Any of the above or alternative embodiments may be used alone or in combination to provide “fitness-enhanced” entertainment.

In some embodiments, the system may include a calibration function that allows the user to provide examples to the system of the way the user performs/achieves particular activities, body positions/orientations, and body status information. For example, the mobile device/HCD may instruct the user to lie still for ten second, jog in place for ten seconds, perform ten “jumping jack” exercises, perform ten “squat-thrust” exercises, and then lie still again for ten seconds. While the user executes the five different exercises/activities under the direction of the mobile device (e.g., via voice commands from the mobile device), the system may sense and record data that will allow the system to reliably recognize similar body positions, activities, and body status as well as combinations of data that indicate other body positions, activities, and body status. Along with activities that the system actually “observes” (e.g., senses and records) during normal activity, the example data captured during the calibration function (e.g., during directed resting, jogging, jumping jacks, squat-thrusts, and post-exertion resting) may be used to build a database (e.g., stored on the mobile device) of activities, body positions/orientations, and body status correlated to sensed data so that particular activities (and sequences of activities) may be quickly and reliably be identified. For example, in embodiments where the system includes a GPS and a clock, the activities, status, and locations of a user may be logged throughout a full day or over a period of weeks or years.

In some embodiments, the system may include an authentication function that uses various pieces of sensed information to corroborate the actual performance of activities, body positions/orientations/locations/identity, and body status of the user and to provide a signal that reliable indicates that a particular user has in fact, e.g., performed an activity at a given time and place. The signal from this authentication function may be used and relied upon as proof, for example, that a user performed an exercise (e.g., ran 10 laps at a track in 20 minutes on Aug. 10, 2009) or engaged in an activity (e.g., loaded a truck with heavy items, drove 150 miles, and unloaded the truck all in four hours). For example, the combination of heart rate data indicating the exertions of user, voice identification data indicating the identity of the user, GPS data indicating the locations over time of the user, wearable band proximity and accelerometer data indicating the body position/motion of the user, may all be captured, stored and correlated to authenticate the user's actual performance of a specific activity or set of activities.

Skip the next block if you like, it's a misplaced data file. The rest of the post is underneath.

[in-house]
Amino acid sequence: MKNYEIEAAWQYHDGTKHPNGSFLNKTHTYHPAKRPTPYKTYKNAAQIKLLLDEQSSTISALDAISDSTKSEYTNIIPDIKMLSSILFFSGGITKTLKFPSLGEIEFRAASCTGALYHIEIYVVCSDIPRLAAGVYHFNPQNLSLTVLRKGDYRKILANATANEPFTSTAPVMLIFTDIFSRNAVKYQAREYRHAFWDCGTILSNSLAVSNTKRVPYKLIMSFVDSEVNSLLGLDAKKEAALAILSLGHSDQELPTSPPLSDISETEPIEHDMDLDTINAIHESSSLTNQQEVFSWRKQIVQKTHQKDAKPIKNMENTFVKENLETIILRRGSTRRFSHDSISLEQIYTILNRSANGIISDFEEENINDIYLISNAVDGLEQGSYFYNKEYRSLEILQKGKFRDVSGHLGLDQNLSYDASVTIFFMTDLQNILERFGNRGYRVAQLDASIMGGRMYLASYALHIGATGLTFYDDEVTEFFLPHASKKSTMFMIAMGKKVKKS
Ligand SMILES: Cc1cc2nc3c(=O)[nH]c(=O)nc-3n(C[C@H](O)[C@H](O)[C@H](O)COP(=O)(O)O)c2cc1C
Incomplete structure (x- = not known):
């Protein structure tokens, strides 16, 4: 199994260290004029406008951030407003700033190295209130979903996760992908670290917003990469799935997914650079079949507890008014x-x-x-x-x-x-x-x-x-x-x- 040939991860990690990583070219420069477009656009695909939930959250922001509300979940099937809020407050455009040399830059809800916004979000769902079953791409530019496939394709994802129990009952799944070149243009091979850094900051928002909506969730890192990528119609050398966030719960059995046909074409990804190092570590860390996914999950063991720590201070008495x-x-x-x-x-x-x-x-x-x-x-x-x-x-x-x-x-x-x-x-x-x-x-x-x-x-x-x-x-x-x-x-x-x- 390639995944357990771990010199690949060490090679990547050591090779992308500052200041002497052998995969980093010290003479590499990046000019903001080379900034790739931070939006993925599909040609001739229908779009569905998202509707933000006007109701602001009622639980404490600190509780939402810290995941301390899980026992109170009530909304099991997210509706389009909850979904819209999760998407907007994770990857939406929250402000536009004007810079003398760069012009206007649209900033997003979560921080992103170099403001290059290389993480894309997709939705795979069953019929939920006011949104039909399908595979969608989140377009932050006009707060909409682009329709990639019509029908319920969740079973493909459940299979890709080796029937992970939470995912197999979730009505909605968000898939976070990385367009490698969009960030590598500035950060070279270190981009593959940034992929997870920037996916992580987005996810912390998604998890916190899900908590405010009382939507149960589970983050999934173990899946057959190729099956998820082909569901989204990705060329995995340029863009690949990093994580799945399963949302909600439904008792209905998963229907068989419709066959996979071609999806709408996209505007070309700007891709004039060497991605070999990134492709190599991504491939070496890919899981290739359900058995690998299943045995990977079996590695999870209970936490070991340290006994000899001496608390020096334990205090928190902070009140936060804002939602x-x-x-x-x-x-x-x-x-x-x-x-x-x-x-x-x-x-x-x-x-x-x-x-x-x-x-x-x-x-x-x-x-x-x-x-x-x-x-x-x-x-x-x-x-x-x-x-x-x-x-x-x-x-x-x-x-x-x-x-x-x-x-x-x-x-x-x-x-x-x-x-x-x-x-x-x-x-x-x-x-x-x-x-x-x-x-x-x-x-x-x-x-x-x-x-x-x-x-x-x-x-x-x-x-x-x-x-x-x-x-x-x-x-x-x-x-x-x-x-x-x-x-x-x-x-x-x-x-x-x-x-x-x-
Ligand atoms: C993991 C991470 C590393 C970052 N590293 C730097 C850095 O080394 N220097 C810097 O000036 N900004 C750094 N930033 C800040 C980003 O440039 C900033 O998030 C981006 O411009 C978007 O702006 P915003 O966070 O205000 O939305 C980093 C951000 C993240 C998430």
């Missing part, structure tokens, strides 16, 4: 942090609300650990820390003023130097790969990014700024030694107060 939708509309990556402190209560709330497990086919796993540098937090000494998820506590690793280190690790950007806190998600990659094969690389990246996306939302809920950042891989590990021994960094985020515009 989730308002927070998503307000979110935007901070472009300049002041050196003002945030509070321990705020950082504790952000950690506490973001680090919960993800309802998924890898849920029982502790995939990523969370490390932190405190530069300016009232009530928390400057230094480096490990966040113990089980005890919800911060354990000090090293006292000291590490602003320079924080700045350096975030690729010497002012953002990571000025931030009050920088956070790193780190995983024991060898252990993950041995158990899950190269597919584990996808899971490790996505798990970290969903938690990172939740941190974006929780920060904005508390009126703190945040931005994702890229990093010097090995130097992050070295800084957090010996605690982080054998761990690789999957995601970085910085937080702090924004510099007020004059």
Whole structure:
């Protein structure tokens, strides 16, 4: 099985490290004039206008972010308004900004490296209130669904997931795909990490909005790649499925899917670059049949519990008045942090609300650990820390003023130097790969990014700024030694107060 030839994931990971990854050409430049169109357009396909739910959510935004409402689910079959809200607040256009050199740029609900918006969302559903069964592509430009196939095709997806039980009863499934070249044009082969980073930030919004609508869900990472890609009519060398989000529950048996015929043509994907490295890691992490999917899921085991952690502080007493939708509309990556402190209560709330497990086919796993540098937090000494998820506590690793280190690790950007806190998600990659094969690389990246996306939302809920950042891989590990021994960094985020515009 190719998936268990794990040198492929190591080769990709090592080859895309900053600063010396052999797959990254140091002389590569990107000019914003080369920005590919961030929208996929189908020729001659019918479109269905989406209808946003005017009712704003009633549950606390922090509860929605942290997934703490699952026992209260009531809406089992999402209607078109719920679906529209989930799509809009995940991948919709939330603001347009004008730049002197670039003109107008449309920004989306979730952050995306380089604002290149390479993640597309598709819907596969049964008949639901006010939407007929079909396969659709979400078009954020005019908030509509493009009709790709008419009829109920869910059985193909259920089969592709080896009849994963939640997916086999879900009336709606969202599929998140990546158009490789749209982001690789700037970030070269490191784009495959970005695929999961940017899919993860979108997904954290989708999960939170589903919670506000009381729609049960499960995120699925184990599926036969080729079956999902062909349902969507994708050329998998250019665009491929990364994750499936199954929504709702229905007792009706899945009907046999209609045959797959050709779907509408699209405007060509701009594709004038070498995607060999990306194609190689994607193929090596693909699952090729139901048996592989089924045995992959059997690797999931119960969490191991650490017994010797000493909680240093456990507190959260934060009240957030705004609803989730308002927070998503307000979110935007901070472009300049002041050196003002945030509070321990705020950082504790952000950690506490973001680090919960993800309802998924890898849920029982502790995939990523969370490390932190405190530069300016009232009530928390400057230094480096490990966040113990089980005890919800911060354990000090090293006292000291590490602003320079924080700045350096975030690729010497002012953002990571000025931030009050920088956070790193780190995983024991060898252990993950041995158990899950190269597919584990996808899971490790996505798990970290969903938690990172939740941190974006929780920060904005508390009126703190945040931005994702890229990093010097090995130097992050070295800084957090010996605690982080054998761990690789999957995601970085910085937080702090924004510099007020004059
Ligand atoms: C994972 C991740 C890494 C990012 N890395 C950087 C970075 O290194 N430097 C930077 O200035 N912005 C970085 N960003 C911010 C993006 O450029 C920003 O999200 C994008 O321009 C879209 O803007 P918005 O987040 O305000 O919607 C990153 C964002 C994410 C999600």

In some embodiments, the present invention may include a protocol (e.g., a software protocol implementable and executable on a mobile or other device, including a system in accordance with the present invention) for sensing, collecting, storing, authenticating, and securely reporting a user's actual performance of activities, body positions/orientations/locations/identity, and/or body status of the user. In addition the protocol may include a function (e.g., an application program interface (API)) for requesting authentication of a particular activity or body position/status. In other words, the present invention may include software (e.g., an authentication module) that allows, for example, another program (e.g., a video game application, a medical treatment program, a business workflow tracking program, etc.) to request and receive an indicia (e.g., a signal, an encrypted code, etc.) from the system of the present invention that reliably verifies that a user has engaged in a particular activity or achieved a particular body status. For example, the system 200 of the present invention may provide an interface to a game system (e.g., a video game console, a program running on the mobile device of the system itself, etc.) that (1) rewards the user with enhanced game features and/or (2) allows the user to control the game, based on performance of specific activities, body positions/orientations/locations/identity, and/or body status. The interface may include a set of predefined activities/statuses such that the game may request and receive verification of the activities/statuses by calling the function with any number of various pre-defined parameters such as an identifier of the particular activity/status of interest (e.g., activity ID), the time of the activity/status (e.g., timestamp), a degree of exertion associated with the activity/status (e.g., level, intensity), a rate associated with the activity/status (e.g., pace), an efficiency or performance rating associated with the activity/status, etc.